Rules of attraction

Like in any relationship (love or hate - take your pick), you end up improving yourself by learning from the other and eventually becoming more similar.Apple, by switching its top rank mechanism onto engagement indicators, shows it's addressing the App Store's discoverability issue and embracing the trend for a more qualitative and regulated user acquisition market where quality matters as much - if not more - as quantity.Google, by tightening the grip on its developer and publisher ecosystem, shows it intends to regain control over its own turf, especially in the battle for monetization, where it has recently been catching up on its nemesis. And, as it has learnt from the latter, levying taxes and rooting out local chieftains still remains the best way to go.It's unlikely that Apple will loosen their developer guidelines any time soon, or that Google will start implementing stringent ex-ante control over submitted apps. We can however see that both firms are trying to foster healthy mobile app ecosystems while maintaining a balance between quality and user experience on one side, and their need to tap more deeply into the growing pie of mobile revenue on the other.Fascinating times!101390_111030142453_gooapple11-1The distinction is particularly striking when it comes to app store regulations, where the permissive Google Play faces a stringent Apple AppStore. This split has a large part of its roots in the way both companies and their respective stores handle their mobile ecosystem: Apple keeps an iron grasp on its App Store developer policy, while Google applies more lenient rules in order to foster the Play Store's diversity and reach.This state of things between the two California giants has at least one merit: when picking a platform, you know what you are in for.However, recent news on both sides brings a rather striking shade of grey over this great divide.

On Apple's side:

Recent reports show that the Cupertino firm has altered the App Store Top Chart ranking algorithm, putting more emphasis on user ratings and engagement (such as time spent, day 2 opens, ongoing opens etc.). This moves the App Store closer to the Google Play ranking model, where the uninstall rate is allegedly as important as the number and velocity of downloads. Other observers report that Apple is experimenting with changing the interval with which the ranks are updated from every 15 minutes to every 3 hours.These changes make it trickier to execute burst campaigns on iOS, and therefore more advantageous to acquire engaged and loyal users.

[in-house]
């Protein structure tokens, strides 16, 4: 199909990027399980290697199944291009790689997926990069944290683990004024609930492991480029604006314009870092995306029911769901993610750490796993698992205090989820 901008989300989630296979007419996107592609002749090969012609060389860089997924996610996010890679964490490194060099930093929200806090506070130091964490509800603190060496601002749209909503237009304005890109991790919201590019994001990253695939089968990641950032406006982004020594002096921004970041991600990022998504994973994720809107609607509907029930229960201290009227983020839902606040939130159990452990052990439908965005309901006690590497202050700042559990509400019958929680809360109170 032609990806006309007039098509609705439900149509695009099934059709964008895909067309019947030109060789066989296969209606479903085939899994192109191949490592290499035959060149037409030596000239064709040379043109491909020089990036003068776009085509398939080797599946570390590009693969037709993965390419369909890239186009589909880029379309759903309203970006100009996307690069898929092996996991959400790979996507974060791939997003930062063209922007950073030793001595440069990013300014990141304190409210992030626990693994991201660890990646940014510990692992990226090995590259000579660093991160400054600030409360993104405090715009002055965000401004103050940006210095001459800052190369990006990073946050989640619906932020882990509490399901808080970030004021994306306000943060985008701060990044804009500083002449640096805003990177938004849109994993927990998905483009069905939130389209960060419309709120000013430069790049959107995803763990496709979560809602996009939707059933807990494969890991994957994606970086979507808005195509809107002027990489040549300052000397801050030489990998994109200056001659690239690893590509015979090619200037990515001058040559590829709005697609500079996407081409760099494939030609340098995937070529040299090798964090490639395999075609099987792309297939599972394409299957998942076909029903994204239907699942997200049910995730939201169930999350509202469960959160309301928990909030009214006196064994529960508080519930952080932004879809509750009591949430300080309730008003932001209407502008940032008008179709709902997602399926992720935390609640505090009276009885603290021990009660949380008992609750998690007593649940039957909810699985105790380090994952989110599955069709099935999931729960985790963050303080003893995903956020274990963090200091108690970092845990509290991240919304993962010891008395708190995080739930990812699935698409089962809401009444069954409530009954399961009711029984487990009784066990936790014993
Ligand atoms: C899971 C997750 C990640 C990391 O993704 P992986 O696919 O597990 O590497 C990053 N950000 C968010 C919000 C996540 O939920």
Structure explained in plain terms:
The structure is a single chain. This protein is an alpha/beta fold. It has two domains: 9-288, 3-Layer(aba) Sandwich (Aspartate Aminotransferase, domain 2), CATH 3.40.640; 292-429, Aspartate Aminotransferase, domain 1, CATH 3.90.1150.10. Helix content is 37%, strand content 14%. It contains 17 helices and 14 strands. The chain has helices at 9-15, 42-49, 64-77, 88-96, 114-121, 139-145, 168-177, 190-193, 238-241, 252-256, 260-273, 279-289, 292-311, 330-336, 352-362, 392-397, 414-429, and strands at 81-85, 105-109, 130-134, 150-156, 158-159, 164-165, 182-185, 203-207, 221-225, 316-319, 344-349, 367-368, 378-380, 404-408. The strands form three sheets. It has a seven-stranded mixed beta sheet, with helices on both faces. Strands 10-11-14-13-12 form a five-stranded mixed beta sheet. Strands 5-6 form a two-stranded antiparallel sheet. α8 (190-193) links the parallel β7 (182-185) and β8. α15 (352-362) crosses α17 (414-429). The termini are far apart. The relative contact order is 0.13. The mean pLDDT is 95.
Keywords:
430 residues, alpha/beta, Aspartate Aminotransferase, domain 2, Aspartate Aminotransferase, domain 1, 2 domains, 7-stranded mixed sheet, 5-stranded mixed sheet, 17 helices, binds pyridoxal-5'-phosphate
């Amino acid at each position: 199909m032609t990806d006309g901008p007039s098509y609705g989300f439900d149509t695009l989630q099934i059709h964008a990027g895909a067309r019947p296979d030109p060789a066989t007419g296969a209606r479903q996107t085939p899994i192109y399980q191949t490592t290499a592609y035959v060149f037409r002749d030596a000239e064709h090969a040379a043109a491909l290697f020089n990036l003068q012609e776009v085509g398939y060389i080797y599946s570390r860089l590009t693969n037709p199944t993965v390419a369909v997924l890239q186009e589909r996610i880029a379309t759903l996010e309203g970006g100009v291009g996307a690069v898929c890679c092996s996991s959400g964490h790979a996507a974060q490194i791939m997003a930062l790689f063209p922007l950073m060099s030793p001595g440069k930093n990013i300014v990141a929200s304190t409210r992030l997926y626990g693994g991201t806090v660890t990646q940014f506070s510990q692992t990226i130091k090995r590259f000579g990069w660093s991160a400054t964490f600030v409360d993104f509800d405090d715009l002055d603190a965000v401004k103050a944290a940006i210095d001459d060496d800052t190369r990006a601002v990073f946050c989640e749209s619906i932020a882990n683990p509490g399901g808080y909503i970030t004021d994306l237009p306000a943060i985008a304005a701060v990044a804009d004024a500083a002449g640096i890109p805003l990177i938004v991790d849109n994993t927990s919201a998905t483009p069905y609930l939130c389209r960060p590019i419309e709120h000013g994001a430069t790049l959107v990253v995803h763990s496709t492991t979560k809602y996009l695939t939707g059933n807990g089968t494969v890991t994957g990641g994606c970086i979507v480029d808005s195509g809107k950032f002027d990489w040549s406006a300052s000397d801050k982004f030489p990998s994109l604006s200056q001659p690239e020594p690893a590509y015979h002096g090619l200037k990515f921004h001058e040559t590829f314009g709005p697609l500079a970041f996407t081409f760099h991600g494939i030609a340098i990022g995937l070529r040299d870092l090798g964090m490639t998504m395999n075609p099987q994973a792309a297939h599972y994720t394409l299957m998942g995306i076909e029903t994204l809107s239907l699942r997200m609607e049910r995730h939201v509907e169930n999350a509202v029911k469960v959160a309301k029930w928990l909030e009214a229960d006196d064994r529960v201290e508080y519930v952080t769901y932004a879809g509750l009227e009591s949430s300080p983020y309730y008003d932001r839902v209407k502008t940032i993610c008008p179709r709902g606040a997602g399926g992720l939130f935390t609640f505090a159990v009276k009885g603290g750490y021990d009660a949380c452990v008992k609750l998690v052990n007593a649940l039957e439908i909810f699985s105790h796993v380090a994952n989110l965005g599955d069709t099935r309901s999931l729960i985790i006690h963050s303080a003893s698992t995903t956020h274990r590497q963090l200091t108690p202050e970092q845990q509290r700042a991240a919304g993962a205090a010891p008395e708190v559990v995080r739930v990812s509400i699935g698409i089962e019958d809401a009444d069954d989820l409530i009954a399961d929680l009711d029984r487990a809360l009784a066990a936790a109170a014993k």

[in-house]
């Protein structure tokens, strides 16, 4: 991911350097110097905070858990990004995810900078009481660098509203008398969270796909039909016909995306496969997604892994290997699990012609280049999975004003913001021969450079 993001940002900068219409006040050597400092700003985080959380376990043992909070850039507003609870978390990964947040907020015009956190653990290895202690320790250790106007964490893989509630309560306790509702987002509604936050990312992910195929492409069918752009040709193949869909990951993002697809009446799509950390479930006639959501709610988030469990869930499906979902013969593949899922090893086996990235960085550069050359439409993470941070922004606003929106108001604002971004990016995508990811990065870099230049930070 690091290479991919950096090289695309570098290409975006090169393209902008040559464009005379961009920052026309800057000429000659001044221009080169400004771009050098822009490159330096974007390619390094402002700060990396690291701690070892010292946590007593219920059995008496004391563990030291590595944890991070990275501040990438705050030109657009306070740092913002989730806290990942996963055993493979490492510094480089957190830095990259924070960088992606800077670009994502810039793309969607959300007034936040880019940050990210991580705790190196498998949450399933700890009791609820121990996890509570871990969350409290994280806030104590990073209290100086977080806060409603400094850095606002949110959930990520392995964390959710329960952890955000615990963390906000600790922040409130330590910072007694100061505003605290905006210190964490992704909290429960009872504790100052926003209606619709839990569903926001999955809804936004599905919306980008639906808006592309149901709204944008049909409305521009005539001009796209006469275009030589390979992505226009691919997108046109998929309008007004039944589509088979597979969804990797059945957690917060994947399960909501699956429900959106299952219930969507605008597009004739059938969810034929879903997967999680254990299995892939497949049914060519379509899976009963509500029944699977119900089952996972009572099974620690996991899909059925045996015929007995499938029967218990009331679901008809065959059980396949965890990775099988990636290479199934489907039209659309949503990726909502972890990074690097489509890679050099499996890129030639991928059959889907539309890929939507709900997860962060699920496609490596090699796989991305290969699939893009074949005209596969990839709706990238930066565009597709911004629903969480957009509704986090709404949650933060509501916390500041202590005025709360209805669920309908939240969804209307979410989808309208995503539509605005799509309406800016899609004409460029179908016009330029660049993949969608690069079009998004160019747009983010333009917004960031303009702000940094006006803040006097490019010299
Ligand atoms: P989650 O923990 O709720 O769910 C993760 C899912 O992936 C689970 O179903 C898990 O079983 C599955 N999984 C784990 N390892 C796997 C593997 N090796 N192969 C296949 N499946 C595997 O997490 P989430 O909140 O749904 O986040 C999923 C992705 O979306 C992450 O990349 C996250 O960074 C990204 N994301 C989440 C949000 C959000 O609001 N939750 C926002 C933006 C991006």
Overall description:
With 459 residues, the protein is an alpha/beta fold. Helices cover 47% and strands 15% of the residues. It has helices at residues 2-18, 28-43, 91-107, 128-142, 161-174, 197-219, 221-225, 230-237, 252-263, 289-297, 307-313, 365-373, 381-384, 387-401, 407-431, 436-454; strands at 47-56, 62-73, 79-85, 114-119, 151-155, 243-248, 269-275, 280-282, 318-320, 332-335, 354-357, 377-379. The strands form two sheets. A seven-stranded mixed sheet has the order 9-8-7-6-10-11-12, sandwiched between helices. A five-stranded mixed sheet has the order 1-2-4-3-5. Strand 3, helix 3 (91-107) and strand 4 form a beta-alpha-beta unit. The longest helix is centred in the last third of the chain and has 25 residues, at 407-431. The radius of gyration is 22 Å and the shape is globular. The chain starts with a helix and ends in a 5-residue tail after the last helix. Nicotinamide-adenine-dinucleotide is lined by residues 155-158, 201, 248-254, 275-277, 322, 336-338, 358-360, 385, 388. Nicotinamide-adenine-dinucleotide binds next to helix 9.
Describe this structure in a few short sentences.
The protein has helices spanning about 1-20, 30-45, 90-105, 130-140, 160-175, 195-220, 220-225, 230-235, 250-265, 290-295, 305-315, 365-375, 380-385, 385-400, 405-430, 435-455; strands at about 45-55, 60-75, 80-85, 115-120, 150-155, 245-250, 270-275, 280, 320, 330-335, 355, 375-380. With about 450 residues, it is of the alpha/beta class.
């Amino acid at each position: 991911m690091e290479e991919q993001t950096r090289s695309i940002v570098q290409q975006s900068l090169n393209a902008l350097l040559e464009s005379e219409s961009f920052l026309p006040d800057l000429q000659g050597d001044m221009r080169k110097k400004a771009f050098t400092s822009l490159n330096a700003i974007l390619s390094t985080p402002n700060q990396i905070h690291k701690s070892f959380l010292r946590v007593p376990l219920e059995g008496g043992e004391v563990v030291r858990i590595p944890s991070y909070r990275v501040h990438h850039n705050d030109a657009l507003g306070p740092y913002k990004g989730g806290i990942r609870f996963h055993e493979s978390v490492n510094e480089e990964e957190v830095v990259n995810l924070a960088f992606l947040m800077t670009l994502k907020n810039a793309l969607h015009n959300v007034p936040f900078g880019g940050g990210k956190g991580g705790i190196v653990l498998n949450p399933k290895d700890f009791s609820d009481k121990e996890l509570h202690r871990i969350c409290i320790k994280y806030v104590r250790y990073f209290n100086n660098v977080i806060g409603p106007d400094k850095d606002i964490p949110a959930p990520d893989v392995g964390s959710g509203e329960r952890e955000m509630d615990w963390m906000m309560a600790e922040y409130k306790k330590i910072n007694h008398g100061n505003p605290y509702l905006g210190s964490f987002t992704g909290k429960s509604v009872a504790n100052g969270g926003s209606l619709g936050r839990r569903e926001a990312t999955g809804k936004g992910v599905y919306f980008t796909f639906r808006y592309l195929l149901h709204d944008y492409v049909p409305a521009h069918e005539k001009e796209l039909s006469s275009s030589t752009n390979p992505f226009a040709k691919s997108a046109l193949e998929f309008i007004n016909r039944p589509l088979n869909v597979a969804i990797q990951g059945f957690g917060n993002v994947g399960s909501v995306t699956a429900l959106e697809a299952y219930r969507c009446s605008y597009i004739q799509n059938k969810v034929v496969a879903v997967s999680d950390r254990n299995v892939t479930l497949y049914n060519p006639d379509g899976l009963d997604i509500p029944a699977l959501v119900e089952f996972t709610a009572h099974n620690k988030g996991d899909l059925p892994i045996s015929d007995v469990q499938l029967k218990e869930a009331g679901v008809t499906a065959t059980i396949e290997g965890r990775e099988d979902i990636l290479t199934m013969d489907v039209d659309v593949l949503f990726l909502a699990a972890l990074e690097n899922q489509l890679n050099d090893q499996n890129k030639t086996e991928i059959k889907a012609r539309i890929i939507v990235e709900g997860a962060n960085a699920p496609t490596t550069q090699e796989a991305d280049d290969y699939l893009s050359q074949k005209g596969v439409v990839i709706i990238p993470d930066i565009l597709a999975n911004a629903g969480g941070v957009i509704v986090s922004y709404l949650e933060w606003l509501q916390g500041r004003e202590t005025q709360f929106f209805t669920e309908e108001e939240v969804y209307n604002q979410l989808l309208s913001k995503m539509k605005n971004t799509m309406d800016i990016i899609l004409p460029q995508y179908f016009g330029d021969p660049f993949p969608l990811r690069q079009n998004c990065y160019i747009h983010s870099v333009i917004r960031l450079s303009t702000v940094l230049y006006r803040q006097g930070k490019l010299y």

On Google's side:

The Mountain View firm recently changed its developer policy, becoming much more stringent on several points:
  • Developers must now use Google Play's in-app billing system for the purchase of virtual goods or currencies instead of third-party payment solutions. This will in particular impact third-party enablers (e.g. for carrier billing).
  • Google extended its restriction in the abusive use of keywords from description only to title and metadata as well (we suppose it was the case before, but they now added it explicitly).
  • The biggest blow, however, goes to developers making changes to the user's device outside of their own app, such as placing new icons, shortcuts, bookmarks or sending system-level push notifications redirecting to other apps. These tactics are often used to drive downloads for third-party apps and thereby add an extra layer of monetization for developers.
Summing up: tightening control over the payment system, app store marketing assets, or what can be done or shown at the operating system level ... rings a bell?

Rules of attraction

Like in any relationship (love or hate - take your pick), you end up improving yourself by learning from the other and eventually becoming more similar.Apple, by switching its top rank mechanism onto engagement indicators, shows it's addressing the App Store's discoverability issue and embracing the trend for a more qualitative and regulated user acquisition market where quality matters as much - if not more - as quantity.Google, by tightening the grip on its developer and publisher ecosystem, shows it intends to regain control over its own turf, especially in the battle for monetization, where it has recently been catching up on its nemesis. And, as it has learnt from the latter, levying taxes and rooting out local chieftains still remains the best way to go.It's unlikely that Apple will loosen their developer guidelines any time soon, or that Google will start implementing stringent ex-ante control over submitted apps. We can however see that both firms are trying to foster healthy mobile app ecosystems while maintaining a balance between quality and user experience on one side, and their need to tap more deeply into the growing pie of mobile revenue on the other.Fascinating times!101390_111030142453_gooapple11-1

Thomas Sommer
Thomas heads up content marketing at AppLift. As such he’s in charge of sourcing, curating, creating and distributing insightful content to increase visibility and thought leadership for the company. Thomas loves to scrutinize the relentless and trilling developments of the mobile industry. You can follow him on Twitter and LinkedIn.

Thomas